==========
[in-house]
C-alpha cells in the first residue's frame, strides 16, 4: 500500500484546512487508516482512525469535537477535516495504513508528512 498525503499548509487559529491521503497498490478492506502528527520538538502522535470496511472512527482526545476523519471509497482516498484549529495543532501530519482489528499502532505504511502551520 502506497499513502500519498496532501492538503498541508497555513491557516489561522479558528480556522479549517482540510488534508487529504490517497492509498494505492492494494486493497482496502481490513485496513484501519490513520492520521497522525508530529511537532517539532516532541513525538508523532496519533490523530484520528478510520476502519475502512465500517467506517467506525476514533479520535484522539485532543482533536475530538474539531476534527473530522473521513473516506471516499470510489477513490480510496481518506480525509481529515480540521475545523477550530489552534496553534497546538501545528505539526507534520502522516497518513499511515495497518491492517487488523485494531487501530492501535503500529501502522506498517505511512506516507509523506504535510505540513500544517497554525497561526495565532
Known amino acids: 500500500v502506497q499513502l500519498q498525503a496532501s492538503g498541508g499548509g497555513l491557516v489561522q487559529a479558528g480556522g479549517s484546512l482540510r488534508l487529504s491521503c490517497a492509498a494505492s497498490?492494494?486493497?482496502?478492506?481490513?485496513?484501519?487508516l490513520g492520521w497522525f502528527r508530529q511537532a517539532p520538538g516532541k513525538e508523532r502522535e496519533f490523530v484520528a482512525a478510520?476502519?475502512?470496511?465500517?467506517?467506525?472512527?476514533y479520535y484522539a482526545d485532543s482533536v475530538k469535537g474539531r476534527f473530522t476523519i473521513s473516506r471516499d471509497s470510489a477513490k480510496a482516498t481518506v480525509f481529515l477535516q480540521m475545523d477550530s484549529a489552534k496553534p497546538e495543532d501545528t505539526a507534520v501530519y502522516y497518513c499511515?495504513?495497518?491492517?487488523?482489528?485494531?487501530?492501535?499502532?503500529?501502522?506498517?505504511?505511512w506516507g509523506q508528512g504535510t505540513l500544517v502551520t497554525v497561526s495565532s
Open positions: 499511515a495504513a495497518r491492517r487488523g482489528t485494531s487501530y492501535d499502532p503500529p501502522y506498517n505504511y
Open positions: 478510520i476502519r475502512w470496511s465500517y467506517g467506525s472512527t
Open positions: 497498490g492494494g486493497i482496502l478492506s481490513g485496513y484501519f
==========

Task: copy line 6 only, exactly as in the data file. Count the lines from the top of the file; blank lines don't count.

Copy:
Open positions: 497498490g492494494g486493497i482496502l478492506s481490513g485496513y484501519f